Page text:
Market-level findings from a new international survey conducted by independent research firm Povaddo reveals that the South African public wants a more balanced approach to tobacco regulation. Over 80% of South African survey respondents believe decisions that impact society and public health should be made based on science and facts, for the best solution
Commissioned by Philip Morris International (PMI), entitled ‘Encouraging a Balanced Approach,’ the survey was conducted in February 2022 among 44,000 adults in 22 countries, including South Africa. The survey explores the attitudes regarding the biggest issues facing society today. The results reveal a broad support for solution driven action toward real progress.
- Over 80% of South Africans feel a new approach to tobacco regulation is needed.
- 82% of South Africans believe their views should be considered by policymakers when deciding on tobacco and nicotine regulations.
- Only two in ten nicotine consumers feel their voices are heard or considered.
- 89% of respondents in South Africa expect their leaders to adopt laws and regulation based on facts and data to keep up with the pace of technological change and innovation.
- 75% of South Africans agree that the government needs to consider the role alternative products like e-cigarettes and heated tobacco can play in making their country smoke-free.
The survey revealed that grounds for progress and compromise are found when all voices are at the table and are willing to listen and consider all sides of an argument. Most notably, 92% of respondents in SA believed that to find solutions to the biggest problems facing society today, leaders need to consider all perspectives, even those with whom there are strong disagreements.
However, according to the survey, when it comes to listening to nicotine consumers and considering tobacco harm reduction policies as part of a wider strategy to address the global public health issue of smoking, smokers are feeling ignored or discounted. The survey found that globally, four in ten nicotine consumers feel discriminated against or marginalised. Only two in ten nicotine consumers feel their voices are heard or considered.
The survey results showed that:
83% of South Africans feel that their voices have been excluded for too long and that a new approach to regulation is needed to better balance the voices of nicotine consumers and those who don’t consume such products.
In South Africa, 82% felt that their views should be considered by policymakers when deciding on tobacco and nicotine regulations.
Regarding tobacco policy, the survey revealed that those who are directly impacted by tobacco regulations do not feel like they have a seat at the table.
A consequence from increasingly divided discourse is the growing prevalence of misinformation. From the survey, 85% of respondents (83% in SA) believe decisions that impact society and public health should be made based on science and facts.
89% of respondents in South Africa expect their leaders to adopt laws and regulation based on facts and data to keep up with the pace of technological change and innovation.
82% of South Africans agree that adults who would otherwise continue smoking should have access to accurate information about smoke-free alternatives like e-cigarettes and heated tobacco products that are scientifically substantiated to be a better choice than continued smoking.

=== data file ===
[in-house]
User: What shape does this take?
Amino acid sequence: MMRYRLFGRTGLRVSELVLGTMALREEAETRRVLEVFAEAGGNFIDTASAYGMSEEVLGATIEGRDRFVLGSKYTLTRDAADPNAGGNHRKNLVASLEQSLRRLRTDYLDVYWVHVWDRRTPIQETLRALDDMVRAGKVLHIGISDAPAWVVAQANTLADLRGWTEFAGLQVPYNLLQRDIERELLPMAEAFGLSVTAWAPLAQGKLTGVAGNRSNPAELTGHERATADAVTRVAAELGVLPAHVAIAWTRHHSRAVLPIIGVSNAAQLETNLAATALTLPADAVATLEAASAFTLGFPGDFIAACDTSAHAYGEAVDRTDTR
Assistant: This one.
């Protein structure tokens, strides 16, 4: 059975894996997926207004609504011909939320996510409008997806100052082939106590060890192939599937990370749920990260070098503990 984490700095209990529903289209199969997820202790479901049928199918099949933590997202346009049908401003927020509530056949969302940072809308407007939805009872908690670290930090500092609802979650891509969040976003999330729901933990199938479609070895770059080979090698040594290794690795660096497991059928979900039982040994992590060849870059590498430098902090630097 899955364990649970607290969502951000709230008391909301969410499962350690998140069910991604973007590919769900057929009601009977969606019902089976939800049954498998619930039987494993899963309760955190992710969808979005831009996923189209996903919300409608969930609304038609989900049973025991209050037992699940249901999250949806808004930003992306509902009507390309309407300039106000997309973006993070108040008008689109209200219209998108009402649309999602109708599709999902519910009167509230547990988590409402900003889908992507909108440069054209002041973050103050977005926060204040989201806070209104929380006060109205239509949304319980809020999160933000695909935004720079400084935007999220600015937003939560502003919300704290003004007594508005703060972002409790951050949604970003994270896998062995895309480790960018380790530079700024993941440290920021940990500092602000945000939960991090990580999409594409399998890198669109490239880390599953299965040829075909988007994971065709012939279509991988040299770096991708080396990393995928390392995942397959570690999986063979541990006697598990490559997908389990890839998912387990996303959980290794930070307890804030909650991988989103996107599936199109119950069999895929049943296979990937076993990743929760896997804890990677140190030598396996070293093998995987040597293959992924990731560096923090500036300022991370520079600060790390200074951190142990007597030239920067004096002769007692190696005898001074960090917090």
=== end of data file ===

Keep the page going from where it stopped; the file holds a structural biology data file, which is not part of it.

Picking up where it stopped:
72% of respondents in South Africa agree that the government needs to consider the role alternative products can play in making their country smoke-free.
Driving toward a balanced approach
Finding the right balance of existing regulations aimed at preventing smoking initiation and promoting smoking cessation should be complemented by measures that enable those adults who would otherwise continue to smoke to have access to and non-misleading information about science-based alternatives. Philip Morris South Africa says that inclusion of a harm reduction approach in strategies aimed at decreasing smoking prevalence has the potential to foster more rapid declines and can allow for progress in the realm of public health.
Yet, despite the increasing debate and scepticism, there is an appetite from the public to come together and find solutions based on science on facts, rather than roadblocks.
61% of respondents in South Africa believe that societal expectations of total abstinence from harmful behaviours such as tobacco usage and alcohol consumption are not feasible and that governments should take steps to ensure harm reduction solutions.
68% of respondents in South Africa agree that encouraging adults who would otherwise continue to smoke to completely switch to smoke-free alternative products can complement other efforts to reduce the harm caused by smoking cigarettes.
PMI is leading a transformation in the tobacco industry to create a smoke-free future and ultimately replace cigarettes with scientifically substantiated smoke-free products for adults who continue to smoke, to the benefit of public health. While these smoke-free alternatives are not risk-free and contain nicotine, which is addictive, they are a better choice than continuing to smoke. Philip Morris South Africa believes that transformation in the name of progress is often a difficult task to undertake.
“As we consider policies that regulate tobacco usage, governments should consider the needs of all parties, including adult smokers,” says Vuyokazi Xapa, Director of Corporate Communications at Philip Morris South Africa. “Complementing existing measures will ensure that adult smokers have accurate and non-misleading information on scientifically substantiated better alternatives to continued smoking.”
This will result she says, in a meaningful impact on public health. “A smoke-free future is in reach, provided that there is the right support from civil society and governments.”